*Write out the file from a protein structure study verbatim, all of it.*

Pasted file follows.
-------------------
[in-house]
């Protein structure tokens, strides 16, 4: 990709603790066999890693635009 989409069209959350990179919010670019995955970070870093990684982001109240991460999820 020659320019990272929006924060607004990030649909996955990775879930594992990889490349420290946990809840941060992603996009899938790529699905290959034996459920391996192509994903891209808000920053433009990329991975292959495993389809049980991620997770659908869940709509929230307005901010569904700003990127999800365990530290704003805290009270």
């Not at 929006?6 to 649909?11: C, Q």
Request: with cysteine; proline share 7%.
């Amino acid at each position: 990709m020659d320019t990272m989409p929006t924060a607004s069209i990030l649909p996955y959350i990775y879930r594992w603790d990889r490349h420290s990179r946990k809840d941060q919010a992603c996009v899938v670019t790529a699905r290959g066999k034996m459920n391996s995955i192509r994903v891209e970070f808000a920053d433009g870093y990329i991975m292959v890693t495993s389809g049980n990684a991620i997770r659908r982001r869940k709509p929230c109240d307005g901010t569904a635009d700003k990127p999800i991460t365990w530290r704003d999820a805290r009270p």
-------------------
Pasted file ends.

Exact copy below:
[in-house]
């Protein structure tokens, strides 16, 4: 990709603790066999890693635009 989409069209959350990179919010670019995955970070870093990684982001109240991460999820 020659320019990272929006924060607004990030649909996955990775879930594992990889490349420290946990809840941060992603996009899938790529699905290959034996459920391996192509994903891209808000920053433009990329991975292959495993389809049980991620997770659908869940709509929230307005901010569904700003990127999800365990530290704003805290009270």
């Not at 929006?6 to 649909?11: C, Q």
Request: with cysteine; proline share 7%.
């Amino acid at each position: 990709m020659d320019t990272m989409p929006t924060a607004s069209i990030l649909p996955y959350i990775y879930r594992w603790d990889r490349h420290s990179r946990k809840d941060q919010a992603c996009v899938v670019t790529a699905r290959g066999k034996m459920n391996s995955i192509r994903v891209e970070f808000a920053d433009g870093y990329i991975m292959v890693t495993s389809g049980n990684a991620i997770r659908r982001r869940k709509p929230c109240d307005g901010t569904a635009d700003k990127p999800i991460t365990w530290r704003d999820a805290r009270p």